Byte of Prevention Blog

by Jay Reeves |

6 Ways to Talk About Failure Productively

When we land a new client or win a big case, we naturally want to talk about it.

But it’s just as important to discuss those occasions when things don’t go right. And law firms that encourage candid discussions of failures are healthier, happier and more productive places.

The New York Times recently ran a story titled “Talking About Failure is Crucial for Growth.”

“Even though most people prefer to process failure internally and quickly move on for fear of causing a scene or seeming unprofessional, taking the time to reflect on and communicate about unwanted outcomes can go a long way in creating more congenial, trusting and ultimately productive workplaces,” writes author Oset Babur in the piece. “But first, we have to talk about it.”

Here are six takeaways from the story:

  1. Recognize that failure can affect us as intensely as physical pain. The embarrassment of losing a court hearing or making an error in a case can be devastating to one’s self-esteem. It can also cause physical symptoms – headaches, insomnia, muscle pain, digestive disorders. “We respond that way, and then we feel bad about responding that way, and so we try to cover it up instead of learn from it,” says Bradley Staats, an associate professor at the University of North Carolina’s Kenan Flagler Business School. “We shouldn’t be ashamed of the reaction. It is natural.”
  2. Discussing failure promotes growth. “I believe that almost everyone can benefit from sharing and hearing another perspective,” says Tasha Eurich, a Denver-based organizational psychologist. “It’s healthy to ask what went wrong in a meeting. You have to engage other people in that process of learning.”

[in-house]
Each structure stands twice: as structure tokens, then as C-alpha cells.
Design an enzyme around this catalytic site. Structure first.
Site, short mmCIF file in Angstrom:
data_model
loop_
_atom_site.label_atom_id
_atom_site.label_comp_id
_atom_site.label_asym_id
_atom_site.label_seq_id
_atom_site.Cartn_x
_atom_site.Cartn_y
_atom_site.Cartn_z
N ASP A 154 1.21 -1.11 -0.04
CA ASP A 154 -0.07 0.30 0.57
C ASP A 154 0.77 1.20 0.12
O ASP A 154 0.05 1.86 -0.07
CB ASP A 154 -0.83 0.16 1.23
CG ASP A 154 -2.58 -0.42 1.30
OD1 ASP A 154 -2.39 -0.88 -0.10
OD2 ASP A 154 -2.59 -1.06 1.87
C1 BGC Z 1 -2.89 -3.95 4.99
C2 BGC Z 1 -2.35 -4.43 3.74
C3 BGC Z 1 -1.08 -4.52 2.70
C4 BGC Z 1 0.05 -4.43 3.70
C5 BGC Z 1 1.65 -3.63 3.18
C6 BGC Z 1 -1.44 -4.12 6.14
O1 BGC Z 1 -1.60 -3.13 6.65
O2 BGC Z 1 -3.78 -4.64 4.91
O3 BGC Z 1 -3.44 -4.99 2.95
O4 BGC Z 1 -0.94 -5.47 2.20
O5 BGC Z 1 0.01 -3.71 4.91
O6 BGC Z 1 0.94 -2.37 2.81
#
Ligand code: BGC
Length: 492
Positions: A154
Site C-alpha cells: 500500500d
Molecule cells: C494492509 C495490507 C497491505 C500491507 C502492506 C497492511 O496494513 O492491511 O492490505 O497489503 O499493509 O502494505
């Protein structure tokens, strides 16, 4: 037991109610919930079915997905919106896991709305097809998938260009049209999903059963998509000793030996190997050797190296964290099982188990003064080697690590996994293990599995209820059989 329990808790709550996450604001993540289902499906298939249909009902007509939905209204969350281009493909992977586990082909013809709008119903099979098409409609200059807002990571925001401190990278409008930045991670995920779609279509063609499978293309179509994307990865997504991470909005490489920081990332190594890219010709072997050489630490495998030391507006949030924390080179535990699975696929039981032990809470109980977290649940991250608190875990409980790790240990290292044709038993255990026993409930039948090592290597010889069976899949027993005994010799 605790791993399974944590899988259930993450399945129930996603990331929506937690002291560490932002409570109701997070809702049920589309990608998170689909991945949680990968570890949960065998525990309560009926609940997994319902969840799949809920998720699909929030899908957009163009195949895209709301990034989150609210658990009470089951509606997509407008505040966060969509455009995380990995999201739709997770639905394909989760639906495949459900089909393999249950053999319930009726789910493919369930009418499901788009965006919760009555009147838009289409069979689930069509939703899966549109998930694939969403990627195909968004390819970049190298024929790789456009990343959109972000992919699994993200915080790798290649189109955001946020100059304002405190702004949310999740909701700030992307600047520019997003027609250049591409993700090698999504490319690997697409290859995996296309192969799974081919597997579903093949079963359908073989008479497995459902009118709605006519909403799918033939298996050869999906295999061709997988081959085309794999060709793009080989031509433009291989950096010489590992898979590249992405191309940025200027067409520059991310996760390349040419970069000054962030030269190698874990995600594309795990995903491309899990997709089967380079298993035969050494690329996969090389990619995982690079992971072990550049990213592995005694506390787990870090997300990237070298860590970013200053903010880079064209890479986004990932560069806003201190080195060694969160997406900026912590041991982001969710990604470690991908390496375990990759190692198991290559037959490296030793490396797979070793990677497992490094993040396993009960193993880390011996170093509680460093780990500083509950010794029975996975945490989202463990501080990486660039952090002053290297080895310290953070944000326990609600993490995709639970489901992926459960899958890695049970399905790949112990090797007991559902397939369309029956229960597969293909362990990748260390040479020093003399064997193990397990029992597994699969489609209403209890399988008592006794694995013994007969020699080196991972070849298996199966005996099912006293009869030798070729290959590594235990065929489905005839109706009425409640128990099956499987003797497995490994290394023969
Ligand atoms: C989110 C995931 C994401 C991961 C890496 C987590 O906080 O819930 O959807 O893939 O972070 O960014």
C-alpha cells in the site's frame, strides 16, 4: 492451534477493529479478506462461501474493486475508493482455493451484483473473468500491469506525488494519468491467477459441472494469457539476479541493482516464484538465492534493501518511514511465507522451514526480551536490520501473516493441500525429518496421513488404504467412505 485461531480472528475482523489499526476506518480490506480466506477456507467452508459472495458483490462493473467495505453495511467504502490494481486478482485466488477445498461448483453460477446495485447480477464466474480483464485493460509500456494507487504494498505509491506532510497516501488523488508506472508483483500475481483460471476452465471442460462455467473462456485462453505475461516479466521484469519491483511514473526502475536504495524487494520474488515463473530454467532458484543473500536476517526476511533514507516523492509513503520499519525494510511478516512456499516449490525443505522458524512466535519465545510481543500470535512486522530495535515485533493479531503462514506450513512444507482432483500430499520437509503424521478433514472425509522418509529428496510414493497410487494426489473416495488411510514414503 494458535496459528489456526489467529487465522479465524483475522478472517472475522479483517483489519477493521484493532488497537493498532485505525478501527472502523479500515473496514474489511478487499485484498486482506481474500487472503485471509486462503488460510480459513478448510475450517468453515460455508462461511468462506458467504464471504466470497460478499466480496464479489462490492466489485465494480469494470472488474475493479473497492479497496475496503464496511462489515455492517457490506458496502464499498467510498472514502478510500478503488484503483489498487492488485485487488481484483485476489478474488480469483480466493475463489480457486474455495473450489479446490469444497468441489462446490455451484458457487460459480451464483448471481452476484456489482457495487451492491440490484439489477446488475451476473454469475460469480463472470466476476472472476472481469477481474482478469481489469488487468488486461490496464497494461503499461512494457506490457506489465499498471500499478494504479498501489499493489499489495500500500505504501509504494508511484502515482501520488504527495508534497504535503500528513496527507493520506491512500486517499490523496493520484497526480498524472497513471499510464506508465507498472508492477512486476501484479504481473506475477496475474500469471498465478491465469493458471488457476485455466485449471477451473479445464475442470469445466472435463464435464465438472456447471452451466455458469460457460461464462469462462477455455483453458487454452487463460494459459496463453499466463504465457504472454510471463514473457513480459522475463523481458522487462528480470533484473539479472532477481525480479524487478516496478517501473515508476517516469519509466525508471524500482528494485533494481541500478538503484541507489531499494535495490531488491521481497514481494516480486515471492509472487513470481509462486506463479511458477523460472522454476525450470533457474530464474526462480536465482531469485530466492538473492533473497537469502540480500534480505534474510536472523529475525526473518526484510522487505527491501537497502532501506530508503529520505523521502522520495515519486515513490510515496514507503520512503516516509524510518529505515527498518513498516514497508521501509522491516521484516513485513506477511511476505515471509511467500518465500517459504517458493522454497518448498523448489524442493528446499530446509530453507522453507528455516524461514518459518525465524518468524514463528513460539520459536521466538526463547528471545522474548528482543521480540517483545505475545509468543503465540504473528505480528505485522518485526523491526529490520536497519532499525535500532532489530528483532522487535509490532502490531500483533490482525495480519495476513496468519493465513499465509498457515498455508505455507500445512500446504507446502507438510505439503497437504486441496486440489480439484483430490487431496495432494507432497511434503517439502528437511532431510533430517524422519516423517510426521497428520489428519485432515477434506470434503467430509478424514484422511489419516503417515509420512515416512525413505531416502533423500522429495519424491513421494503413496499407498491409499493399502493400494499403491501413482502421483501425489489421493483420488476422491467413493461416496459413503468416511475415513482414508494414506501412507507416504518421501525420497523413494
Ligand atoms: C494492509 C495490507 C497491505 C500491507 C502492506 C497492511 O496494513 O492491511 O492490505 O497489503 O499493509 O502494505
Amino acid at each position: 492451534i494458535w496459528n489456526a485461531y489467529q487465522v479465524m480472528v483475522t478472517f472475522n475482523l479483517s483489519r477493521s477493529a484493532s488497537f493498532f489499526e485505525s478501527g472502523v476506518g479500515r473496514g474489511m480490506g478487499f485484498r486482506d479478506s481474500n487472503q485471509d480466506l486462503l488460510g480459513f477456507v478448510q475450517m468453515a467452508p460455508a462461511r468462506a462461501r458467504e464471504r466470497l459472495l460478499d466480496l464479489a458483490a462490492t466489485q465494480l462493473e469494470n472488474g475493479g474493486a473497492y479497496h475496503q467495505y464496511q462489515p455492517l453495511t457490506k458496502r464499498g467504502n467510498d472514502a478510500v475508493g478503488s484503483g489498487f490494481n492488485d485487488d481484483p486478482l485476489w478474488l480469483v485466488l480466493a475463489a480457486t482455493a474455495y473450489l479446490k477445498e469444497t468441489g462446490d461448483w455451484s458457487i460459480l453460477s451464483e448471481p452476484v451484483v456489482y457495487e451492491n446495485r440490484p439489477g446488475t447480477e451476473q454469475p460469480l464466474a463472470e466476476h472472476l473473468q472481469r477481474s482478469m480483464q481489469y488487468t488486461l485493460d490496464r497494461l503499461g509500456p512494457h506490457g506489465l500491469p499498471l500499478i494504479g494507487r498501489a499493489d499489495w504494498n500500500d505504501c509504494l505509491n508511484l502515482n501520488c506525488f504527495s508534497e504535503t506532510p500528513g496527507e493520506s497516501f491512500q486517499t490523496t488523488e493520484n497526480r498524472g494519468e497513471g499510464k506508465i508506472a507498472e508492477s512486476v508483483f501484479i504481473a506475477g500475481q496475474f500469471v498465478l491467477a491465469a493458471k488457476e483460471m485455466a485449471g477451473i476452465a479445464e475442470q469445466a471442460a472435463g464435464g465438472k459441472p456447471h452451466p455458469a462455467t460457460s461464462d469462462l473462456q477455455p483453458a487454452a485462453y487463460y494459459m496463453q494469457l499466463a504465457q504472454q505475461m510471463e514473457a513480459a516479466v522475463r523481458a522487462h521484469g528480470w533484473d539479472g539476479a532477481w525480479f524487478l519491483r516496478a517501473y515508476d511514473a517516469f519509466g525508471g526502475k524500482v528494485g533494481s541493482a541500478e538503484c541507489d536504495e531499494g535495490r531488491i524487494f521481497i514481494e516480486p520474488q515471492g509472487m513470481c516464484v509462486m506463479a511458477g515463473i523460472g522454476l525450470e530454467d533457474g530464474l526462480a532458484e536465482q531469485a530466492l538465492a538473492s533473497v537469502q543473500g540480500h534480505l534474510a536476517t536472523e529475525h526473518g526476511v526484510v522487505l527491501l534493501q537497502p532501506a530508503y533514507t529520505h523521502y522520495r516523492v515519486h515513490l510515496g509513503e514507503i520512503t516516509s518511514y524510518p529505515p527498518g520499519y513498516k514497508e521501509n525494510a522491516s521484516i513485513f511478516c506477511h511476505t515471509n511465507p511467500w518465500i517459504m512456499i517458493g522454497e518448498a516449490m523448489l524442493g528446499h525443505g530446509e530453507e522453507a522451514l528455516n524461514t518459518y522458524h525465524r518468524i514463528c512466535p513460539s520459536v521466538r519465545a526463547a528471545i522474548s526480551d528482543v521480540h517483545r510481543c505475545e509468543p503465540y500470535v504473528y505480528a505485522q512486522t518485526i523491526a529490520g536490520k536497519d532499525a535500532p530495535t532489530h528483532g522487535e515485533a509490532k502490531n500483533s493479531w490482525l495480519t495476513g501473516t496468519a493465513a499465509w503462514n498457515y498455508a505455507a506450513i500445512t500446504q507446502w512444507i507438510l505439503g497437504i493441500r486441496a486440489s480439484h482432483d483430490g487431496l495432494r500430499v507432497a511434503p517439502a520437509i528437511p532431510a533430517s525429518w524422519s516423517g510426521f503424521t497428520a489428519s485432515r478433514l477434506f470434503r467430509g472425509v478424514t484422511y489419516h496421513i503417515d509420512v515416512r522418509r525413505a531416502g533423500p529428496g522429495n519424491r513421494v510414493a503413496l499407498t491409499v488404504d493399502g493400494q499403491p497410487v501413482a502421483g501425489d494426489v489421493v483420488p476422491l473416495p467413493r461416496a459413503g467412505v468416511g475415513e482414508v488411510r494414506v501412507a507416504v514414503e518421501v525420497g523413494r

3. Talk about failures in person. “It can be tempting to hide behind the safety blanket of Slack or email, but having face-to-face conversations around failure can be especially effective in building stronger relationships among colleagues. The ability to convey tone, body language and other non-linguistic reactions often plays a positive and humanizing role in these conversations, and all of that is lost in email, Mr. Staats said.”
  4. Venting is not discussion. Instead of focusing on how badly things went and how terrible you feel, try to frame the discussion in positive terms. What exactly went wrong? How could my performance have been improved? What was learned from the experience?
  5. Discussing failure can build friendships. Talking about our setbacks can humanize us. Of course this should be done in a safe, appropriate place and with the right people. But laying bare our wounds can make us more honest and relatable.
  6. Talking about failure makes us nimble and efficient. “According to Sara Canaday, executive coach and author of You — According to Them, the rise of start-up businesses has made it much more acceptable to openly celebrate intelligent failure. Suddenly, people are saying things like fail fast or fail forward. ‘Those are brand new words in the nomenclature of business,’ she said. By linking resiliency to innovation and growth, start-ups contribute to a general professional culture that frames failure as a positive learning experience. Likewise, many hiring managers are increasingly looking for resiliency in job candidates. That means it can be in your best interest to thoughtfully embrace the too-common interview question about a time you failed at work and how you overcame the challenge.”


What about your office? Does your firm culture discourage or encourage talking about failure?

Source: The New York Times

About the Author

Jay Reeves

Jay Reeves practiced law in North Carolina and South Carolina. He was Legal Editor at Lawyers Weekly and Risk Manager at Lawyers Mutual. He is the author of The Most Powerful Attorney in the World, a collection of short stories from a law life well-lived, which as the seasons pass becomes less about law and liability and more about loss, love, longing, laughter and life's lasting luminescence.

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